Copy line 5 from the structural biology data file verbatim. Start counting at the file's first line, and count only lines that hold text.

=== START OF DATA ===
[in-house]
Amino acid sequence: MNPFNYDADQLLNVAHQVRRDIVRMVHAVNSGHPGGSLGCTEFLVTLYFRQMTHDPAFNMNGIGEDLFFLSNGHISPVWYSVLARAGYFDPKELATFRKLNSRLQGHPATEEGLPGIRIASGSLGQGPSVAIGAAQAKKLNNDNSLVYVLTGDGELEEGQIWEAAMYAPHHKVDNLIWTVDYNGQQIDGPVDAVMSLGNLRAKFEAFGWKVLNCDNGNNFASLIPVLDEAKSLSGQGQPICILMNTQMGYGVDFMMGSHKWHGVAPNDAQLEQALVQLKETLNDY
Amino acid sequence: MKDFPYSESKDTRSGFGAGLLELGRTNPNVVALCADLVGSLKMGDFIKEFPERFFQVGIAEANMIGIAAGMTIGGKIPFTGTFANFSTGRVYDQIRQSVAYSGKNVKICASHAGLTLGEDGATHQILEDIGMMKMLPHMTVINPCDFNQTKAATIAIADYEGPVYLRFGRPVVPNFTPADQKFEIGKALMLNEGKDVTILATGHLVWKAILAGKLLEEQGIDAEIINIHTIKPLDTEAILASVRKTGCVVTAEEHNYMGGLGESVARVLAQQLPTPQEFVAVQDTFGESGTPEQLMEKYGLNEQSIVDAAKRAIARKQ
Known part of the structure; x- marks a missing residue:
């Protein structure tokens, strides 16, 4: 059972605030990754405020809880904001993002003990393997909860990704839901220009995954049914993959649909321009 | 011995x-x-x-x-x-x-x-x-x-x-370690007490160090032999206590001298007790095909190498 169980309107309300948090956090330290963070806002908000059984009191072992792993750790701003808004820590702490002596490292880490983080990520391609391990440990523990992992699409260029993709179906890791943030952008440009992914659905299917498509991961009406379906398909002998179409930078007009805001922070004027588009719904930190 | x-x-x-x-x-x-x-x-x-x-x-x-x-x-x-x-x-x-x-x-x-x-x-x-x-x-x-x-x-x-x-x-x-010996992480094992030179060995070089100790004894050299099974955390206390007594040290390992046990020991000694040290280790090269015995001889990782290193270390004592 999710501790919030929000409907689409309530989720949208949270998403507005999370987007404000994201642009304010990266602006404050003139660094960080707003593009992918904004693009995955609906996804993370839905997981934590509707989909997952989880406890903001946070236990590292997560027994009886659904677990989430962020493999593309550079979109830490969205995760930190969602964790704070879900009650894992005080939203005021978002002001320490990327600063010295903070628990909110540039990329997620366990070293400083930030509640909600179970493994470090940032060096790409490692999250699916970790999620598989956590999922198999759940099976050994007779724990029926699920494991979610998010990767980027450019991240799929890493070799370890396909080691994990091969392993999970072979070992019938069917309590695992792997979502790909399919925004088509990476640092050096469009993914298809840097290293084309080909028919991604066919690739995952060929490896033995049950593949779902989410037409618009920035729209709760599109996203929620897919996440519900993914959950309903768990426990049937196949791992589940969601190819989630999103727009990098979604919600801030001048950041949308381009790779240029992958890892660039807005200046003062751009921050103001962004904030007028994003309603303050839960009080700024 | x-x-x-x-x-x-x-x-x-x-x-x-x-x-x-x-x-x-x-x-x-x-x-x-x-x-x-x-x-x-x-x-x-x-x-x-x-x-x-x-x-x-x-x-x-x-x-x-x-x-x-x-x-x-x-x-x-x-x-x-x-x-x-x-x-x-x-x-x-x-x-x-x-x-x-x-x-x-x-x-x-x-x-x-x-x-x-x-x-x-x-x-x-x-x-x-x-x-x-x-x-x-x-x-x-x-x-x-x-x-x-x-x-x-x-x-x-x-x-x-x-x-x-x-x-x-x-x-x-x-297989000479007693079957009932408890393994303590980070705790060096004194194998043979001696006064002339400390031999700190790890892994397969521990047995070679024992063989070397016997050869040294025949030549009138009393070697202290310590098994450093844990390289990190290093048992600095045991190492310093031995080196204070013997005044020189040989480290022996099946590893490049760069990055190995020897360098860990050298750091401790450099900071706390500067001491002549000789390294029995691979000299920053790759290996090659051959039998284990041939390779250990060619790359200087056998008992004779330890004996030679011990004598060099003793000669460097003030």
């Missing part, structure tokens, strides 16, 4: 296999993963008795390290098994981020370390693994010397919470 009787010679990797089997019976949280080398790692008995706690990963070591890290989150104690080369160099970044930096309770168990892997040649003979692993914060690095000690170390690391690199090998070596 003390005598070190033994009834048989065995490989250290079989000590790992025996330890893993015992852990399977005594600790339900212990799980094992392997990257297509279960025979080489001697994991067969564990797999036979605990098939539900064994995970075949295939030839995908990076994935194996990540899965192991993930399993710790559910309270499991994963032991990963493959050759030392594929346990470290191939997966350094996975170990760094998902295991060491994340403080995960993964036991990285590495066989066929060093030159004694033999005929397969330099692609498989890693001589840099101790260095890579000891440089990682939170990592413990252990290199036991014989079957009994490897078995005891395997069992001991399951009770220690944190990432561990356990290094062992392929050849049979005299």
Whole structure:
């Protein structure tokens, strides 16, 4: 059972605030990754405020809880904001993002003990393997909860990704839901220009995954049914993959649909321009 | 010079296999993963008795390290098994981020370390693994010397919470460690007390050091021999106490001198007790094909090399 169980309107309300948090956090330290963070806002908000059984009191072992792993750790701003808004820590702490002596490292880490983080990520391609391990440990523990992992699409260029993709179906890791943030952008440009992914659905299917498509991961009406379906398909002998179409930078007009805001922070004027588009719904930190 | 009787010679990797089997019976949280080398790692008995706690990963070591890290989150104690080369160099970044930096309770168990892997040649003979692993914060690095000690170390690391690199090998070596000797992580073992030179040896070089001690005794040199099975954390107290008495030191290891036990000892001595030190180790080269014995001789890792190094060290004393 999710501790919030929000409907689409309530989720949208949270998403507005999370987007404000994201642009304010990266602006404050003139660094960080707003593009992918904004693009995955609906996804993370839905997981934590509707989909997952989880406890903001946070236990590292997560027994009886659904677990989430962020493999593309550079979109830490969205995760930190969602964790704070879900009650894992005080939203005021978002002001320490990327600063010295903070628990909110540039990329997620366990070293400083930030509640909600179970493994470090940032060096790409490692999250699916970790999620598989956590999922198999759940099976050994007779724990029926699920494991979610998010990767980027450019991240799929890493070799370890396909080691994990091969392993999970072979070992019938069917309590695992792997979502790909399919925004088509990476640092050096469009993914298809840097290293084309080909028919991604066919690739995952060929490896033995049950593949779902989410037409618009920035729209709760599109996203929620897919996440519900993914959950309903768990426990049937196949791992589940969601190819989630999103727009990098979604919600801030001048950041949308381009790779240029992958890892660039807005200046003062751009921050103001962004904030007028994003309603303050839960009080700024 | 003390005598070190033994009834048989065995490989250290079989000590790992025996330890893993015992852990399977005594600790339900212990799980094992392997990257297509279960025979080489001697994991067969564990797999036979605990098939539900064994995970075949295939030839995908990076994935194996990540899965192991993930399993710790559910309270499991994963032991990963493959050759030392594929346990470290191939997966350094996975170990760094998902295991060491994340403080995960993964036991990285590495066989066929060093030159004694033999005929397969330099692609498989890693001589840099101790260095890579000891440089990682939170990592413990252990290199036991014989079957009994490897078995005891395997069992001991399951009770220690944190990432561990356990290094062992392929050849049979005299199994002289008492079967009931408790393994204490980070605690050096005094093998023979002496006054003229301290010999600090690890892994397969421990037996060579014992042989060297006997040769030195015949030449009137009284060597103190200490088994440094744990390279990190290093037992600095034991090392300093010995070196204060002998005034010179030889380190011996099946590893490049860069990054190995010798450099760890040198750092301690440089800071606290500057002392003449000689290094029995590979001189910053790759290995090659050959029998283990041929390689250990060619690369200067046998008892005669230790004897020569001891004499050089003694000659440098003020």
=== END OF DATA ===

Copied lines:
């Protein structure tokens, strides 16, 4: 059972605030990754405020809880904001993002003990393997909860990704839901220009995954049914993959649909321009 | 011995x-x-x-x-x-x-x-x-x-x-370690007490160090032999206590001298007790095909190498 169980309107309300948090956090330290963070806002908000059984009191072992792993750790701003808004820590702490002596490292880490983080990520391609391990440990523990992992699409260029993709179906890791943030952008440009992914659905299917498509991961009406379906398909002998179409930078007009805001922070004027588009719904930190 | x-x-x-x-x-x-x-x-x-x-x-x-x-x-x-x-x-x-x-x-x-x-x-x-x-x-x-x-x-x-x-x-x-010996992480094992030179060995070089100790004894050299099974955390206390007594040290390992046990020991000694040290280790090269015995001889990782290193270390004592 999710501790919030929000409907689409309530989720949208949270998403507005999370987007404000994201642009304010990266602006404050003139660094960080707003593009992918904004693009995955609906996804993370839905997981934590509707989909997952989880406890903001946070236990590292997560027994009886659904677990989430962020493999593309550079979109830490969205995760930190969602964790704070879900009650894992005080939203005021978002002001320490990327600063010295903070628990909110540039990329997620366990070293400083930030509640909600179970493994470090940032060096790409490692999250699916970790999620598989956590999922198999759940099976050994007779724990029926699920494991979610998010990767980027450019991240799929890493070799370890396909080691994990091969392993999970072979070992019938069917309590695992792997979502790909399919925004088509990476640092050096469009993914298809840097290293084309080909028919991604066919690739995952060929490896033995049950593949779902989410037409618009920035729209709760599109996203929620897919996440519900993914959950309903768990426990049937196949791992589940969601190819989630999103727009990098979604919600801030001048950041949308381009790779240029992958890892660039807005200046003062751009921050103001962004904030007028994003309603303050839960009080700024 | x-x-x-x-x-x-x-x-x-x-x-x-x-x-x-x-x-x-x-x-x-x-x-x-x-x-x-x-x-x-x-x-x-x-x-x-x-x-x-x-x-x-x-x-x-x-x-x-x-x-x-x-x-x-x-x-x-x-x-x-x-x-x-x-x-x-x-x-x-x-x-x-x-x-x-x-x-x-x-x-x-x-x-x-x-x-x-x-x-x-x-x-x-x-x-x-x-x-x-x-x-x-x-x-x-x-x-x-x-x-x-x-x-x-x-x-x-x-x-x-x-x-x-x-x-x-x-x-x-x-297989000479007693079957009932408890393994303590980070705790060096004194194998043979001696006064002339400390031999700190790890892994397969521990047995070679024992063989070397016997050869040294025949030549009138009393070697202290310590098994450093844990390289990190290093048992600095045991190492310093031995080196204070013997005044020189040989480290022996099946590893490049760069990055190995020897360098860990050298750091401790450099900071706390500067001491002549000789390294029995691979000299920053790759290996090659051959039998284990041939390779250990060619790359200087056998008992004779330890004996030679011990004598060099003793000669460097003030």